Public embarrassment isn’t enough to dissuade me from telling the story of my only experience with pepper spray. I was an undergrad at the University of Michigan, and after hearing about a rise in sexual assaults on campus, my cousin Paul gave me some pepper spray. I figured I’d never use it, but it couldn’t hurt to have just in case. One day a few weeks later, I was on the phone with my boyfriend, and I came across the pepper spray in a drawer. I began fiddling with it — apparently our conversation was less than riveting — and then I gave it a test spray. Now, I did spray it away from me, but I also happened to spray it straight into the window fan, which blew it back into my face instantly. I’m sure my boyfriend was confused when I started yelling and crying. My face got all puffy, and nothing could mitigate the sting for about an hour. This is when I decided pepper spray was extremely effective, and that I should never touch it again. So it’s with no small amount of horror that I’m reporting on a new drone that can fire “bullets” of pepper spray.
Desert Wolf, a company based in South Africa, has recently announced its Skunk Riot Control Copter, marketing it as a crowd-controlling device that doesn’t “endanger the lives of the protesters or security staff.” Well, I suppose that’s true. Pepper spray isn’t tantamount to bombs or bullets, but still, the idea of essentially crop-dusting pepper spray on an unruly crowd still makes me cringe. The drone has four barrels that can barrage people with up to 20 balls’ worth of pepper spray per second, and the site promises that “80 pepper balls per second stop[s] any crowd in its tracks.” Yeah, I bet it does.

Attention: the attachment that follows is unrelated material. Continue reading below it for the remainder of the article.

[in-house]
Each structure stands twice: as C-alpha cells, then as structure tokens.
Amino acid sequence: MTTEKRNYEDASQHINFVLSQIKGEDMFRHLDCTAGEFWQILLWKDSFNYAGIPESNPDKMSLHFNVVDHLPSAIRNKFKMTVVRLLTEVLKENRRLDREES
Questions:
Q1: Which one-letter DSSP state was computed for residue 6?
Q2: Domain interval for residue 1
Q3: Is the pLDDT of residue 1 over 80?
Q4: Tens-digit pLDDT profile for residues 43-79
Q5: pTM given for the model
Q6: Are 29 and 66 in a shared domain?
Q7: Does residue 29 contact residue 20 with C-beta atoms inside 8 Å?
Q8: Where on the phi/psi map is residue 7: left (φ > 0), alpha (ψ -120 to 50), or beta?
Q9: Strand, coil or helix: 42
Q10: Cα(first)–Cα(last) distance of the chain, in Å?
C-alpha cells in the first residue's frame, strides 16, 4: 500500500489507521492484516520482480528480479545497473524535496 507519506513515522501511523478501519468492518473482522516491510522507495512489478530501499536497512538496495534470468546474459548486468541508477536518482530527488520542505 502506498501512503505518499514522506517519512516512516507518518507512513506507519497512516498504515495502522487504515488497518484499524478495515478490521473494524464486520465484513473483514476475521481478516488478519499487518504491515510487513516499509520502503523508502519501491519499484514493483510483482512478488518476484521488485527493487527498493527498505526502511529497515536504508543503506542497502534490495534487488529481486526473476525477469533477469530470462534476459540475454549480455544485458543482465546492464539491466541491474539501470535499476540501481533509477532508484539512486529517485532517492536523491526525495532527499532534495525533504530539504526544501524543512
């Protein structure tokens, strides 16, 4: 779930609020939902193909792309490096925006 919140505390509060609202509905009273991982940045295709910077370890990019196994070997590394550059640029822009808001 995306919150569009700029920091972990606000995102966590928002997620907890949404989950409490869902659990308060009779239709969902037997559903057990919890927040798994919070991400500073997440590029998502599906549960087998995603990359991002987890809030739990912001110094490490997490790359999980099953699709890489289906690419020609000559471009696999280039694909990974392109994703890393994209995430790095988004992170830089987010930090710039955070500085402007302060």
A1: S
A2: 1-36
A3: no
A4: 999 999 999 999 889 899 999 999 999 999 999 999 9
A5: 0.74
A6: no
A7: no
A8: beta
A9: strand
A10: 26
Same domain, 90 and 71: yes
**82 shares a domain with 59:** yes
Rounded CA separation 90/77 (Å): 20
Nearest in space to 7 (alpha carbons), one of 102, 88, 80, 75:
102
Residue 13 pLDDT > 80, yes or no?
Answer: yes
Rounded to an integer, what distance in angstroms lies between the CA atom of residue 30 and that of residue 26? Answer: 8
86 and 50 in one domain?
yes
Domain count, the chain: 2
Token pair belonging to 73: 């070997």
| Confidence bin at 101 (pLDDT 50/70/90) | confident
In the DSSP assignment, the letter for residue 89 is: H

Each drone can carry up to 4,000 (!) pepper balls, as well as strobe lights and “blinding” lasers. It’s also got a thermal camera, HD video camera, speakers, a recording system, and long-range data links, and can also be loaded with pain markers to identify and tag armed and dangerous protesters, vandals, etc. The frequency of the pepper spray release rates can be controlled as well, with the higher frequencies reserved for life-threatening situations. One drone, or a fleet of drones, can be operated by a single person via a managing ground control system, which records “every move, every decision, every command.” I’m usually not for recording someone’s every move, but in this case it seems like a good idea. I can only begin to imagine how a drone like this could go wrong.
According to the BBC, Desert Wolf has already sold the first 25 units to a mining company, but the International Trade Union Confederation (ITUC) calls it a “deeply disturbing and repugnant development.” Yeah, but how do you really feel, ITUC? The ITUC is trying to figure out which company has purchased the drones and is already talking to mining unions, fearing that such a drone could end up killing people. They also argue that pepper spraying a crowd is akin to torture. I can vouch for that.
The drone comes on the heels of a drone produced by Texas company Chaotic Moon that’s outfitted with a Taser. The Chaotic Unmanned Personal Intercept Drone, otherwise adorably known as CUPID, is a fully autonomous “personal security system” and is similarly a terrible idea. It’s pretty ironic that such drones can be made and sold, while the FAA maintains its ban on drones that, say, deliver beer.